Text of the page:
The qFLIX Film Festival opened last night with a screening of “Such Good Friends.” Between now and Sept. 22, various features, shorts and documentaries will be projected at Kimmel Center, the Prince Music Theater and the University of the Arts. Here is a trio of films to catch — and one to avoid:
One of the strongest documentaries playing at the festival is Charles Lum and Todd Verow’s “Age of Consent” (9:30 p.m. Sept. 21 at Prince Music Theater, 1412 Chestnut St.), about the London all-male fetish club the Hoist, which opened in 1996. Shot largely on location, the film presents a terrific behind-the-scenes tour of the celebrated establishment — its bar and its bars (e.g., iron cages), along with the backrooms, bathrooms, slings and the titular “hoist.”
“Age of Consent” features engaging interviews with the men of the Hoist, from the kinky patrons to the proud employees; John Mitcheson, who cleans the place, is especially ingratiating. One of the best scenes in Lum and Verow’s intrepid documentary effectively juxtaposes Human Rights Campaigner Peter Tatchell explicating Britain’s laws discriminating against gay men in voiceovers while explicit sex acts are performed by patrons, like porn star Adam Dacre, on screen. These sequences emphasize the defiant attitudes towards criminalized homosexuality in Britain.
Ultimately, the documentary illustrates how subcultures can build and maintain a supportive community, a message that “Age of Consent” conveys adroitly.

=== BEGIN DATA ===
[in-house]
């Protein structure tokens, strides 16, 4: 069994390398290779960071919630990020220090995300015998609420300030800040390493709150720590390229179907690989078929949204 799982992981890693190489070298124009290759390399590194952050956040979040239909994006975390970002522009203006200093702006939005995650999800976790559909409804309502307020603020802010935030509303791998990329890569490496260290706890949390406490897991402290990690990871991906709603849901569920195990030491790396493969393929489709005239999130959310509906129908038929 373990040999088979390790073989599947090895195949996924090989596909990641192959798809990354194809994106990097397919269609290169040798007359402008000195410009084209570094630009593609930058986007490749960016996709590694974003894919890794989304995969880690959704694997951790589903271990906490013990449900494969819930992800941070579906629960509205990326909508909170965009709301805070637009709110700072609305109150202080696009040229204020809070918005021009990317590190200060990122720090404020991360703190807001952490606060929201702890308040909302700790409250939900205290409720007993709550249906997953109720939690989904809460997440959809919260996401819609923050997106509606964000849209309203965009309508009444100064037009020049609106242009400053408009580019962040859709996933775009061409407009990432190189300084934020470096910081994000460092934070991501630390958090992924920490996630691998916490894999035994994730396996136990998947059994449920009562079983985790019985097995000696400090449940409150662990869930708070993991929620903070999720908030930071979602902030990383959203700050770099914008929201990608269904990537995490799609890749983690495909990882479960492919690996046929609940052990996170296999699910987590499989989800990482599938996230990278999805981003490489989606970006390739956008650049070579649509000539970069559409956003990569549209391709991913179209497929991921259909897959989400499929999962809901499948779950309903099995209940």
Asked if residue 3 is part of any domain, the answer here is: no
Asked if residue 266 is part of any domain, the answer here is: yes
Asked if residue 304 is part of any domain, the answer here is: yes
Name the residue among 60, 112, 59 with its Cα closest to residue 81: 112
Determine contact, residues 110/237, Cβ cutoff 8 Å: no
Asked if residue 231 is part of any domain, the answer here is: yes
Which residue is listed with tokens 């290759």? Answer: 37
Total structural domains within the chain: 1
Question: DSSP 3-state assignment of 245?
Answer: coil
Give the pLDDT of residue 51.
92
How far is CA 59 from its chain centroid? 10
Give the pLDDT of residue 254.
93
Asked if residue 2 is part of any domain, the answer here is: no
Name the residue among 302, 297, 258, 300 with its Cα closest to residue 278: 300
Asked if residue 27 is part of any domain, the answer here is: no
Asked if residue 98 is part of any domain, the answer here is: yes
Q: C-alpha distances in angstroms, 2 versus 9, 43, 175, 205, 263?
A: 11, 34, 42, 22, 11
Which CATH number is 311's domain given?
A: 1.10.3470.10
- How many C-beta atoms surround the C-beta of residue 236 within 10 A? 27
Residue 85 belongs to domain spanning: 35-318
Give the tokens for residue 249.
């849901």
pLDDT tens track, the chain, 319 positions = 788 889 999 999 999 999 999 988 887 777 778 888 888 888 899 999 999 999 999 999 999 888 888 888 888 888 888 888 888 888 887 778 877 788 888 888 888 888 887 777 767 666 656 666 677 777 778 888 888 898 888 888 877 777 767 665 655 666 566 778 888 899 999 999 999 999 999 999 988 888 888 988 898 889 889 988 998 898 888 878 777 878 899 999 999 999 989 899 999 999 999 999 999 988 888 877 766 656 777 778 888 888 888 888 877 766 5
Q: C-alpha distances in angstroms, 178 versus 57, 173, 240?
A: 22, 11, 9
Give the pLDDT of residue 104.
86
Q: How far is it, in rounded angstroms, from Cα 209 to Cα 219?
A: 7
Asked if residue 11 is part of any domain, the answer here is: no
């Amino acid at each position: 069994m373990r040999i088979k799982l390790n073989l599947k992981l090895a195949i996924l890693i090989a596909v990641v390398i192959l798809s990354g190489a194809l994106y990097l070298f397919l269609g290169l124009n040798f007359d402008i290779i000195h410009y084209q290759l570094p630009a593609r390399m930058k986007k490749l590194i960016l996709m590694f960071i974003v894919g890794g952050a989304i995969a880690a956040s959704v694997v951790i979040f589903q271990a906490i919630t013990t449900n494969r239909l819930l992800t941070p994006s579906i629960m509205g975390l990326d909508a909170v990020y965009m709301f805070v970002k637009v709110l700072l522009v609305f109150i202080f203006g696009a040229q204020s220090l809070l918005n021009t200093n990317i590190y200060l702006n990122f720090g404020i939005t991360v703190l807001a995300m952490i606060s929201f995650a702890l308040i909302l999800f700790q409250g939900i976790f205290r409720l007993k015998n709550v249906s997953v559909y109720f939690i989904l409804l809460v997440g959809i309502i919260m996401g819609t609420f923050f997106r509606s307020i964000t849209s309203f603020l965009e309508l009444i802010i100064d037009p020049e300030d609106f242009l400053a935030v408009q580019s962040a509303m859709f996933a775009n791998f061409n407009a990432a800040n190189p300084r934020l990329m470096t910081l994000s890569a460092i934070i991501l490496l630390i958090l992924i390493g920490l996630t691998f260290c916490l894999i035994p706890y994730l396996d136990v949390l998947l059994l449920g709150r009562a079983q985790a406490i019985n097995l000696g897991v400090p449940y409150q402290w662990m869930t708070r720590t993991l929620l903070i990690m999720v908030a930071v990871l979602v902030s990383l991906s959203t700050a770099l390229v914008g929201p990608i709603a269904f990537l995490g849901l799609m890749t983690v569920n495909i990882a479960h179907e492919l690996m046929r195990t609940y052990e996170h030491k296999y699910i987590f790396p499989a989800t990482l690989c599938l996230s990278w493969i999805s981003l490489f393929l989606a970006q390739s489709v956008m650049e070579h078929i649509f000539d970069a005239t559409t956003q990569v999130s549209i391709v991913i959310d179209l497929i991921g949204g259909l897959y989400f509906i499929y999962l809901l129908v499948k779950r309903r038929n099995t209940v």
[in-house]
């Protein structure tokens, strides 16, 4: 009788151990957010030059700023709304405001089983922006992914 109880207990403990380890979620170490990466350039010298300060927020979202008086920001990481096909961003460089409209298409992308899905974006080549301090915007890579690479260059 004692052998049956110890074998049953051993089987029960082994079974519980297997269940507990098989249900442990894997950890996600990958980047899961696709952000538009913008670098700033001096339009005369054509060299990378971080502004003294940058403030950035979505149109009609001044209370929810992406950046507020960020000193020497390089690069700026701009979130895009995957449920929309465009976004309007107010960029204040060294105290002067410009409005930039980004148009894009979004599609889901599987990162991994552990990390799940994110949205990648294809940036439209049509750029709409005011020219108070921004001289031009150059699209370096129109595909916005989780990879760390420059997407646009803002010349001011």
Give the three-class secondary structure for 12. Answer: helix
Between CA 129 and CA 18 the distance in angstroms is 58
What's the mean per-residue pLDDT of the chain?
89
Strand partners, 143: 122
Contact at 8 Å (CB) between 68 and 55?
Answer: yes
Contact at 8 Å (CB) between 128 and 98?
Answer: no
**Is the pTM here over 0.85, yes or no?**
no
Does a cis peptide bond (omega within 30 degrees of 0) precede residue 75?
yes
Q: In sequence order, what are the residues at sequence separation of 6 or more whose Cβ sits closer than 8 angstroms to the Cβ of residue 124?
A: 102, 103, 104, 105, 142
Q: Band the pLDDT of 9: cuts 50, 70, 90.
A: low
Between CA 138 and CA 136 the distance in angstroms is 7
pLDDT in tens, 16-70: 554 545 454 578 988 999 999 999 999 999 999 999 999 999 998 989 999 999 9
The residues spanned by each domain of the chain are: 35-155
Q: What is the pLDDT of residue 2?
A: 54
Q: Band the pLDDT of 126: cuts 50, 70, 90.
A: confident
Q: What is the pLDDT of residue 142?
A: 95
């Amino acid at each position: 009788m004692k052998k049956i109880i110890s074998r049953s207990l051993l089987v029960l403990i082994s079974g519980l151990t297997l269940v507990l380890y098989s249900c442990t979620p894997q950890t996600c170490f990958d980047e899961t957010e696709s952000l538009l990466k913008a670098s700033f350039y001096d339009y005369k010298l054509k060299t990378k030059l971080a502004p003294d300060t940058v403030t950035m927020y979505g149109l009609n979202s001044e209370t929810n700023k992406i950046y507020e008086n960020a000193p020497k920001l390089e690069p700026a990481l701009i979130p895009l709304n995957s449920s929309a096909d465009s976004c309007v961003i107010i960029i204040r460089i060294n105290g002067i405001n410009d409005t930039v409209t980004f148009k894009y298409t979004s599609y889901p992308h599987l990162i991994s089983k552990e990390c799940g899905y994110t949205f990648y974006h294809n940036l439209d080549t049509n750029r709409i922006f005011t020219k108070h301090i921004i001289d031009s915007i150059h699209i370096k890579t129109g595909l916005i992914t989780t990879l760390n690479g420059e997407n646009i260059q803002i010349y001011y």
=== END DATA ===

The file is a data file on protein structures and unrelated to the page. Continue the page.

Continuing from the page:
The festival closes with the Philadelphia premiere of writer/director Rob Williams’ delightfully naughty “Out to Kill” (7:30 p.m. Sept. 22 at Perelman Theater at Kimmel Center, 300 S. Broad St.). Filled with hunks who fill out their Speedos, this romantic mystery offers eye-candy galore. Justin Jaymes (the terrific Tom Goss) is first seen naked in the pool, and then turns up dead in it. This may be an extreme punishment, so newcomer Jim Noble (Scott Sell) is hired by Gene (Rob Moretti) to investigate his murder. As Jim meets and interrogates the suspects — which include doctor Vic Barnaby (Mark Strano from “Tiger Orange;” see sidebar) among others — he gets seduced, and perhaps in over his head. “Out to Kill” features a clever twist that will keep viewers intrigued as the crime is solved. Sell makes for a sexy private dick, and his fine performance compensates for some of this endearing low-budget film’s cheesier moments.
For more information, visit www.qflixphilly.com.